Breast cancer is the most commonly diagnosed cancer amongst women in Singapore and around the world. Between 2014 and 2018, there were over 11,000 breast cancer cases diagnosed in Singapore, and it is the leading cause of cancer-related deaths among women here.
Over the years, a lot of research has gone into understanding breast cancer and its treatment. With advances in screening, diagnosis and treatment, women with breast cancer detected at an early stage go into remission, where the signs and symptoms of cancer are reduced or go away.
This October, the Singapore Cancer Society and the National Cancer Centre Singapore (NCCS) marks Breast Cancer Awareness Month (BCAM) by encouraging women to pair up with their mother, sister or friend to get a mammogram screening. NCCS will also be raising funds to support breast cancer patients in need and further breast cancer research efforts.
Buddy up to screen early
Regular screening is the most effective way to detect breast cancer at the earliest stages. The mammogram is currently the most reliable screening tool for breast cancer, which can detect the presence of cancerous lesions before they can be felt with the hand.
Early detection and timely treatment are the best ways to improve survival and avoid more complicated treatments that are needed to treat advanced cancer.
Clinical Associate Professor Veronique Tan, Head and Senior Consultant, Department of Breast Surgery, Division of Surgery and Surgical Oncology, Singapore General Hospital and NCCS, shares more about why pairing up to get mammogram screening makes sense.
"It is all too easy for women to postpone a mammogram if they are doing it alone,” said Dr Tan, who is also the co-chair of BCAM 2021. “When you fix a date to get screened with a close friend or family member, you are more likely to follow through and get that potentially life-saving scan, while catching up with a loved one!"
Dr Tan advises that mammograms are the primary test to screen for breast cancer. A breast ultrasound is best used to further evaluate the breast after the mammogram, if an abnormality is detected. A breast ultrasound should not be used as the primary method to screen for breast cancer as it cannot reliably detect the earliest signs of breast cancer like microcalcifications or tissue distortions.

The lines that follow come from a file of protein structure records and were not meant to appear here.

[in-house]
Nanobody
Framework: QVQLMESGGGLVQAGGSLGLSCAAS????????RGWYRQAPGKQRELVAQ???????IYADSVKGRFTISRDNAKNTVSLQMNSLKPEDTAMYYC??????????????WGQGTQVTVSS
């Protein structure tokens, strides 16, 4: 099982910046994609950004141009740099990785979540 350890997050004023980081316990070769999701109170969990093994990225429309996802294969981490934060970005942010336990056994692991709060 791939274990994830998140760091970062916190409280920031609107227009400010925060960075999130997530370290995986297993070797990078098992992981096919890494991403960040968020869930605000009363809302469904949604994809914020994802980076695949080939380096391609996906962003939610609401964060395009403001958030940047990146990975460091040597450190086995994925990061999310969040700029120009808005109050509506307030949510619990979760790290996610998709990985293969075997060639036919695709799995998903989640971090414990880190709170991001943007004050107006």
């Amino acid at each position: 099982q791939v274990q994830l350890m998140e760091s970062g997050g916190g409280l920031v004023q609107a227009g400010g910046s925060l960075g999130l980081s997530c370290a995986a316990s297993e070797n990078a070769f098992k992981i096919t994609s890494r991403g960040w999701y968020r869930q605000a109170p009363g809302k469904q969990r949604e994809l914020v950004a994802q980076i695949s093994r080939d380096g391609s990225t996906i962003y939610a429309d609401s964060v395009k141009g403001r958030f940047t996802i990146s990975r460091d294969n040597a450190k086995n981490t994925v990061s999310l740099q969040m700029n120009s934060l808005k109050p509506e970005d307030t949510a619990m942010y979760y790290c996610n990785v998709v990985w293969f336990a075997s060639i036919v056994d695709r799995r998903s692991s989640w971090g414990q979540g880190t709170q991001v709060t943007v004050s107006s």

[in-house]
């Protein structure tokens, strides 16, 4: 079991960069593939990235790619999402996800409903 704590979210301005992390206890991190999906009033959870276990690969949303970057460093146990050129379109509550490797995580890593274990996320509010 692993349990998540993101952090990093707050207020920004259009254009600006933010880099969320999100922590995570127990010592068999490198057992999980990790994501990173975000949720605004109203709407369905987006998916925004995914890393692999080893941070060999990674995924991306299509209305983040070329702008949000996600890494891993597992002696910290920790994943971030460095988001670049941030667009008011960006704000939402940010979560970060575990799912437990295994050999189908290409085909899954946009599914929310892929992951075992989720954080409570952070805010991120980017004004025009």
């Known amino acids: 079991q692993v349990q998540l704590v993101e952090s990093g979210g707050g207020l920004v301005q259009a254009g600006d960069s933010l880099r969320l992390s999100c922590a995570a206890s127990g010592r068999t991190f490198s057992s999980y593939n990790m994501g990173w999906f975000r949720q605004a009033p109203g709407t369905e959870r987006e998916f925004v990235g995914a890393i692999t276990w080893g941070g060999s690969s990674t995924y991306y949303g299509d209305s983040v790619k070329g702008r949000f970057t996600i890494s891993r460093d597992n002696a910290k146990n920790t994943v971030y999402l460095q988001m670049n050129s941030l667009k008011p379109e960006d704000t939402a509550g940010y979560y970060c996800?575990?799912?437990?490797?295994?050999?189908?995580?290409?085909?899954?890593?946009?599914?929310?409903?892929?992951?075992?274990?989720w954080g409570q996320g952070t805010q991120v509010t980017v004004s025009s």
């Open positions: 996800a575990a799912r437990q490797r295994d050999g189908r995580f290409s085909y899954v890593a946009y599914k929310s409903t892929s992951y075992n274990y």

While mammograms remain the gold standard in detecting cancer it does not mean that all abnormalities in mammogram screening results are cancer.
“Only 1 in 10 abnormalities on mammograms is found to be cancer. Many abnormalities turn out to be benign breast changes. So a detailed evaluation at regular intervals provides peace of mind and lets you get on with the rest of your life," said Dr Tan.
Women are encouraged to do breast self-exam and get mammograms regularly:
• Women aged 30-39 years old, are recommended to perform a breast self-examination once a month, after their menses.
• Women aged 40-49 years old, are recommended to perform a breast self-examination once a month after their menses. Women in this group should also speak to their doctor about the benefits and limitations of mammogram screening at this age.
• Women aged 50-years and above are recommended to undergo mammograms once every two years.
For their “Pink Plank Challenge” message, Breast Cancer Awareness Month 2021 co-chairs and National Cancer Centre Singapore oncologists Clinical Assoc Prof Veronique Tan and Clinical Asst Prof Jack Chan, encouraged women to team up and get screened for breast cancer.
Raising funds for cancer patients and cancer research
Getting treated for breast cancer can be a financial burden on patients and families. The NCCS Cancer Fund launched the Women vs Cancer campaign in 2019, to raise awareness and funds for patient care programmes and research for cancers that affect women, such as breast cancer.
Money raised is used to support patients in need to pay for essential equipment, blood tests, patient transport fees and follow-up mammograms.
In addition to supporting patients in need, Women vs Cancer highlights the need to support breast cancer research. In recent years, lab-based research has been translated to improving outcomes in clinical care with the discovery of new pathways to target treatments. Rigorous cancer research is being conducted in laboratories and new cancer treatments are being tested in 200 ongoing clinical trials at NCCS. All these efforts are aimed at continually improving the treatment outcomes for individuals with cancer.
Breast Cancer Awareness Month (BCAM) takes place every October with nation-wide activities to raise awareness about breast cancer. This year, NCCS and the Singapore Cancer Society are leading BCAM. Themed “Buddy Up to Beat Breast Cancer” and “Double Up For Breast Cancer Screening”, BCAM features activities including a digital "Pink Plank Challenge", online webinars and group exercise sessions. For more information, please visit: www.nccs.com.sg/bcam2021
To support Women vs Cancer, please visit: https://www.giving.sg/nccs-cancer-fund/wvccf
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